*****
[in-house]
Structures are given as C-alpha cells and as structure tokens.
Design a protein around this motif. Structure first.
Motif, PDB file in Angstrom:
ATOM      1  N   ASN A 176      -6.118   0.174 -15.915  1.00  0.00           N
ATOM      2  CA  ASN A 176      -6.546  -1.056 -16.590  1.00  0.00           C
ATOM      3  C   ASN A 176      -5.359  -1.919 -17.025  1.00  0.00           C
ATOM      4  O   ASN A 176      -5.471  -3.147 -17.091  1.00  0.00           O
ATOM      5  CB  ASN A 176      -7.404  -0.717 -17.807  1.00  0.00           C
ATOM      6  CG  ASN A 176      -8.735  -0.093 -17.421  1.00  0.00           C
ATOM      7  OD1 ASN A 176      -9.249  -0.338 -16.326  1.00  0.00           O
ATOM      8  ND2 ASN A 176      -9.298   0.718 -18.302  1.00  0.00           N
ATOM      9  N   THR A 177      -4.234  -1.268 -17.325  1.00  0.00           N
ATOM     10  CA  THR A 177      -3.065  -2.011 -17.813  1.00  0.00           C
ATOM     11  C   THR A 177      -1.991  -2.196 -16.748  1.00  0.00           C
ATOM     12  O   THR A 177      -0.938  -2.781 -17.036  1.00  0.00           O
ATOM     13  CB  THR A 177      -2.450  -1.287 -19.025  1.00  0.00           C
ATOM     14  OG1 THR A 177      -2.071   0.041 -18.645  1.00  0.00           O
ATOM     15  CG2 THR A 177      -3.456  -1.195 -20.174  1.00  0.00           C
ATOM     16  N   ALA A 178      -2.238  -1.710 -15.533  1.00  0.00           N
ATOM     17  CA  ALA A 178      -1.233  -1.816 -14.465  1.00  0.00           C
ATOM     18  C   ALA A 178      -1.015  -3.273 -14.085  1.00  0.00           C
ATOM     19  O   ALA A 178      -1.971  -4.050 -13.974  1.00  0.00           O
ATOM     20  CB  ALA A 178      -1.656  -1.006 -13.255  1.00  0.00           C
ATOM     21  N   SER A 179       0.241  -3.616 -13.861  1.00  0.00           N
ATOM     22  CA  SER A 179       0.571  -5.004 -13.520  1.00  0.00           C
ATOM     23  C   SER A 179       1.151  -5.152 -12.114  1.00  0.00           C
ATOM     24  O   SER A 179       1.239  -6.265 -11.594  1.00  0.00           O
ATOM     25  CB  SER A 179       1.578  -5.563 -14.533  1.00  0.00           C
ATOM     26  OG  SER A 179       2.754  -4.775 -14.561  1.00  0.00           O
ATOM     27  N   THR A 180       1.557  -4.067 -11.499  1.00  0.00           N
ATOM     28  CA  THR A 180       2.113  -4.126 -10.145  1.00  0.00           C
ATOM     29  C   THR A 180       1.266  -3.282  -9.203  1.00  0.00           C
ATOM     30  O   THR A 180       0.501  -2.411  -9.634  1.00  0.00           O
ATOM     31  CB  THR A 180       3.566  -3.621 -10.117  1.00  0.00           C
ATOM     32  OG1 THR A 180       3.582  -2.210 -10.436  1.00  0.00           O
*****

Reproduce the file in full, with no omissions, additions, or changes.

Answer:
[in-house]
Structures are given as C-alpha cells and as structure tokens.
Design a protein around this motif. Structure first.
Motif, PDB file in Angstrom:
ATOM      1  N   ASN A 176      -6.118   0.174 -15.915  1.00  0.00           N
ATOM      2  CA  ASN A 176      -6.546  -1.056 -16.590  1.00  0.00           C
ATOM      3  C   ASN A 176      -5.359  -1.919 -17.025  1.00  0.00           C
ATOM      4  O   ASN A 176      -5.471  -3.147 -17.091  1.00  0.00           O
ATOM      5  CB  ASN A 176      -7.404  -0.717 -17.807  1.00  0.00           C
ATOM      6  CG  ASN A 176      -8.735  -0.093 -17.421  1.00  0.00           C
ATOM      7  OD1 ASN A 176      -9.249  -0.338 -16.326  1.00  0.00           O
ATOM      8  ND2 ASN A 176      -9.298   0.718 -18.302  1.00  0.00           N
ATOM      9  N   THR A 177      -4.234  -1.268 -17.325  1.00  0.00           N
ATOM     10  CA  THR A 177      -3.065  -2.011 -17.813  1.00  0.00           C
ATOM     11  C   THR A 177      -1.991  -2.196 -16.748  1.00  0.00           C
ATOM     12  O   THR A 177      -0.938  -2.781 -17.036  1.00  0.00           O
ATOM     13  CB  THR A 177      -2.450  -1.287 -19.025  1.00  0.00           C
ATOM     14  OG1 THR A 177      -2.071   0.041 -18.645  1.00  0.00           O
ATOM     15  CG2 THR A 177      -3.456  -1.195 -20.174  1.00  0.00           C
ATOM     16  N   ALA A 178      -2.238  -1.710 -15.533  1.00  0.00           N
ATOM     17  CA  ALA A 178      -1.233  -1.816 -14.465  1.00  0.00           C
ATOM     18  C   ALA A 178      -1.015  -3.273 -14.085  1.00  0.00           C
ATOM     19  O   ALA A 178      -1.971  -4.050 -13.974  1.00  0.00           O
ATOM     20  CB  ALA A 178      -1.656  -1.006 -13.255  1.00  0.00           C
ATOM     21  N   SER A 179       0.241  -3.616 -13.861  1.00  0.00           N
ATOM     22  CA  SER A 179       0.571  -5.004 -13.520  1.00  0.00           C
ATOM     23  C   SER A 179       1.151  -5.152 -12.114  1.00  0.00           C
ATOM     24  O   SER A 179       1.239  -6.265 -11.594  1.00  0.00           O
ATOM     25  CB  SER A 179       1.578  -5.563 -14.533  1.00  0.00           C
ATOM     26  OG  SER A 179       2.754  -4.775 -14.561  1.00  0.00           O
ATOM     27  N   THR A 180       1.557  -4.067 -11.499  1.00  0.00           N
ATOM     28  CA  THR A 180       2.113  -4.126 -10.145  1.00  0.00           C
ATOM     29  C   THR A 180       1.266  -3.282  -9.203  1.00  0.00           C
ATOM     30  O   THR A 180       0.501  -2.411  -9.634  1.00  0.00           O
ATOM     31  CB  THR A 180       3.566  -3.621 -10.117  1.00  0.00           C
ATOM     32  OG1 THR A 180       3.582  -2.210 -10.436  1.00  0.00           O